Why Does Ice Float?

Instructor: Julie Zundel

Julie has taught high school Zoology, Biology, Physical Science and Chem Tech. She has a Bachelor of Science in Biology and a Master of Education.

Water has some unique properties that cause it to behave differently than many other substances. This lesson will explain one such property and explain why ice is less dense than liquid water.

Life Mysteries

Ahhhh.... it's a hot summer day and you are enjoying a tall glass of ice water. As you take in the sun and the blue sky, you are probably wondering why in the world the ice in your glass is floating on the water. I mean, ice is a solid. Water is a liquid. Shouldn't the solid sink? And, as you start to ponder this, you start to think about all of the other life mysteries you don't have answers to. What is the meaning of life? Does space ever end? What will become of the human race? Oh no! Now you won't be able to sleep at night! Okay, okay, calm down. At least one of these mysteries can be answered fairly simply.


Let's start with a quick lesson on density, which is a measure of how much 'stuff' is within a specific volume. And 'stuff' refers to particles, like atoms and molecules. These particles are constantly moving and bouncing around. When something is hot, the particles bounce around more and tend to take up more space. When something is cold, the particles bounce around less and take up less space.

Image 1. Particles moving at different temperatures.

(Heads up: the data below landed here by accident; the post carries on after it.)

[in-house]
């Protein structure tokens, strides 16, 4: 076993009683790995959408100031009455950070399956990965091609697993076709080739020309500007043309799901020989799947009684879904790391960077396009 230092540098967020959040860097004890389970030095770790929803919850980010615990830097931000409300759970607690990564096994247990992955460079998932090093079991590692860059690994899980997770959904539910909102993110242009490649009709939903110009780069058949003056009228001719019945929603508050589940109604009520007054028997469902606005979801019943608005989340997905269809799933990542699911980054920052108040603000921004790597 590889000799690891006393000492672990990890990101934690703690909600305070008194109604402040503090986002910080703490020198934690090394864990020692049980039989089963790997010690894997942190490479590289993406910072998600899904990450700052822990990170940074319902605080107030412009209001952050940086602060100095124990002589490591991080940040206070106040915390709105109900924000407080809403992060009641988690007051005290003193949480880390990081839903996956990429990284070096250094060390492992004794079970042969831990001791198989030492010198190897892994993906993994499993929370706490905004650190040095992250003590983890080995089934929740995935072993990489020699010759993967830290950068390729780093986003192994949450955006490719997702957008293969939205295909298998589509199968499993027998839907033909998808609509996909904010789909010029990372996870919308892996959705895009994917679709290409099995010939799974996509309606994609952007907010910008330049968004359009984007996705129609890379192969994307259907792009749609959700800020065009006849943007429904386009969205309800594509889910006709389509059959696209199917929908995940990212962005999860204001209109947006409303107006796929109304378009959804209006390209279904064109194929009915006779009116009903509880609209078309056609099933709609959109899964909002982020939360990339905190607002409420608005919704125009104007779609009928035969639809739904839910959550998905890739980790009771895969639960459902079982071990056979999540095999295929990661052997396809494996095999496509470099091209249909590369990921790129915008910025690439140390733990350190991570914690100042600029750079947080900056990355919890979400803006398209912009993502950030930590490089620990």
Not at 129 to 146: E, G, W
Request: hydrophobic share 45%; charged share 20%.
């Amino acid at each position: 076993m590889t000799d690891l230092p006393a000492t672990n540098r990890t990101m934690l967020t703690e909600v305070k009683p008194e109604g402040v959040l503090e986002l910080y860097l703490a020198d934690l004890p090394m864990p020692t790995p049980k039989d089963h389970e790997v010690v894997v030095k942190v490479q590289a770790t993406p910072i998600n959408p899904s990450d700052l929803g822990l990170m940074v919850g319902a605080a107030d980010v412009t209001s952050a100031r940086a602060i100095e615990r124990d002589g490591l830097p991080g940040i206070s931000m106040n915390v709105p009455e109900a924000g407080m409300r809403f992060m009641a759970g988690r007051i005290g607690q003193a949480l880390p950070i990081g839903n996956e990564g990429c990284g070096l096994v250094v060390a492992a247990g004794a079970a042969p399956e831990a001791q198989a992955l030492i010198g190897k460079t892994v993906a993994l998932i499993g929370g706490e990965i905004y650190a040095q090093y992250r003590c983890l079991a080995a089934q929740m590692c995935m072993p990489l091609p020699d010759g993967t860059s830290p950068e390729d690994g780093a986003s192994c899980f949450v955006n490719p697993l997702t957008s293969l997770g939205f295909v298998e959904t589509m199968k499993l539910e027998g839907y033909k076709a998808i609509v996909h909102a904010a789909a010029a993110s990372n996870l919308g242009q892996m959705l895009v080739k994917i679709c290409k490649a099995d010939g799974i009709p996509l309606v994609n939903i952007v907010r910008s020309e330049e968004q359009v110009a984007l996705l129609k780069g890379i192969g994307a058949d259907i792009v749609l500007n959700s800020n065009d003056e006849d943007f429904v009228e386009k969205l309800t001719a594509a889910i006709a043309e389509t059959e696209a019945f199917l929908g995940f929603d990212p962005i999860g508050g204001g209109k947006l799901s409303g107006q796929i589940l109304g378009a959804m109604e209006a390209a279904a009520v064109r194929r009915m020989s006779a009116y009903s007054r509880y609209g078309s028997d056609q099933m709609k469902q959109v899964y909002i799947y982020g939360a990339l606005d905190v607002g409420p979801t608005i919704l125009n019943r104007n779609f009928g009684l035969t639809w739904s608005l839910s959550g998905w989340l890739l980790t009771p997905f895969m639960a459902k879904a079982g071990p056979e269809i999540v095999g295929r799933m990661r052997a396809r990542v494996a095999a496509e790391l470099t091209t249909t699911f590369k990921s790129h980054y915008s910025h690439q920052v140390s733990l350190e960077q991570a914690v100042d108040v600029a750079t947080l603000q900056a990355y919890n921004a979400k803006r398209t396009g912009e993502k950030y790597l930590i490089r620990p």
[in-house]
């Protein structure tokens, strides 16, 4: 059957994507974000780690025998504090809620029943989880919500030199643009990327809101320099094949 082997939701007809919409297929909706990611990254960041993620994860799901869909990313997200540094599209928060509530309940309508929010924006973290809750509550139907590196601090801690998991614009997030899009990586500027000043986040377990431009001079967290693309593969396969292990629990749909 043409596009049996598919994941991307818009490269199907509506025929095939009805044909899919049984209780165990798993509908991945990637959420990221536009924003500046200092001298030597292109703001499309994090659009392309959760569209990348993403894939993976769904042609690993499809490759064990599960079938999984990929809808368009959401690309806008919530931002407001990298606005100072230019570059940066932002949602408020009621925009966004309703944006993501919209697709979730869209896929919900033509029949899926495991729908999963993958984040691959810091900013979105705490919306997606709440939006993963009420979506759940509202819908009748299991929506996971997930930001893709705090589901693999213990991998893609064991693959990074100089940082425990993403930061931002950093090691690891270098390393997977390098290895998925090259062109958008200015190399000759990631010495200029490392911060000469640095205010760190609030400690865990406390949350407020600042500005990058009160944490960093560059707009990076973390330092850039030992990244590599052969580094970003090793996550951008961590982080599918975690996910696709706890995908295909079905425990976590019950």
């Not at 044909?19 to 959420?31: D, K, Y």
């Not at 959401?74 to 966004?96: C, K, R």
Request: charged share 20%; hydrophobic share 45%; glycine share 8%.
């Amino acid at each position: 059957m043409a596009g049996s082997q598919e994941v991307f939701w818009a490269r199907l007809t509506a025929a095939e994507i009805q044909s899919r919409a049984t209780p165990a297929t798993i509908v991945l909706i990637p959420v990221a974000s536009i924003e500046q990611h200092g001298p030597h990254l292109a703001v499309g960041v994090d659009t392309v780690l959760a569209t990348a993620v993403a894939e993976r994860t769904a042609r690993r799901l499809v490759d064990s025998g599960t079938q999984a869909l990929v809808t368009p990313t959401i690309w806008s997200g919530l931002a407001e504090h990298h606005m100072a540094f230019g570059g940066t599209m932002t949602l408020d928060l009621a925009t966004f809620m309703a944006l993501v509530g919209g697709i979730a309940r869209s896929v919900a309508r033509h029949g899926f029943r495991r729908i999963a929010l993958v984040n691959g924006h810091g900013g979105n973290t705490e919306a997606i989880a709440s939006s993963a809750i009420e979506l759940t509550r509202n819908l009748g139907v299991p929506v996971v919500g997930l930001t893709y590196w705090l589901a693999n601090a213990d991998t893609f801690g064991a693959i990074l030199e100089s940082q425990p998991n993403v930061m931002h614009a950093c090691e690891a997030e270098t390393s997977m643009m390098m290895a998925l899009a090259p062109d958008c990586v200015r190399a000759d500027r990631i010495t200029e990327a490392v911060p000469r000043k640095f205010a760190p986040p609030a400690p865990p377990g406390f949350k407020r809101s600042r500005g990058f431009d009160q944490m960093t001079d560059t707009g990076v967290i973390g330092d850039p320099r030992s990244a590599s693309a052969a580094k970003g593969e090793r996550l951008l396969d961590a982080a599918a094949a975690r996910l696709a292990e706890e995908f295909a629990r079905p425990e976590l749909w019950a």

If you look at image 1, you can see that the object making up the hot particles is less dense because there is less 'stuff' in a given volume compared to the cold and the warm particles.

If you look at image 1 again, you can also imagine that the 'cold' substance is a solid, like ice, the 'warm' substance is a liquid, like water, and the 'hot' substance is a gas, like water vapor. So you can image that a solid is more dense than a liquid, which is more dense than a gas. Right? And you may also imagine that less dense objects can float on more dense objects, just like you can see in image 2. And you'd be correct.

Image 2. Oil is less dense than water so oil floats on water.

But not with water. The solid ice floats on the liquid water, as you can see in your glass of ice water. Hmmmm.... What's happening?

Hydrogen Bonding

What if I were to tell you that water becomes less dense as it freezes? Yep. Water is weird. Remember, when substances get colder, the particles move less and clump closer together, thus making them denser. So that's the opposite of what happens to water.

This 'weirdness' is due to hydrogen bonding, or a bond that forms when a hydrogen atom attaches to an electron-hungry atom. Wait? Electron hungry? Yep. Those electron-hungry atoms are called electronegative and it just means they really want another atom's electrons. In water's case, the electron-hungry atom is oxygen.

Let's take a look at the chemical makeup of water in image 3. Each water molecule is made up of two hydrogen atoms and one oxygen atom. You can think of it as a mouse with the 'ears' being hydrogen and the 'head' being oxygen.

Image 3. Water is made up of one oxygen, or the red ball, and two hydrogen, or the grey balls.

When you get a bunch of mice heads, oops, I mean water molecules, together a hydrogen bond will form between the hydrogen of one water and the oxygen of another water. Check out image 4.

Image 4. The grey dashed lines are hydrogen bonds.

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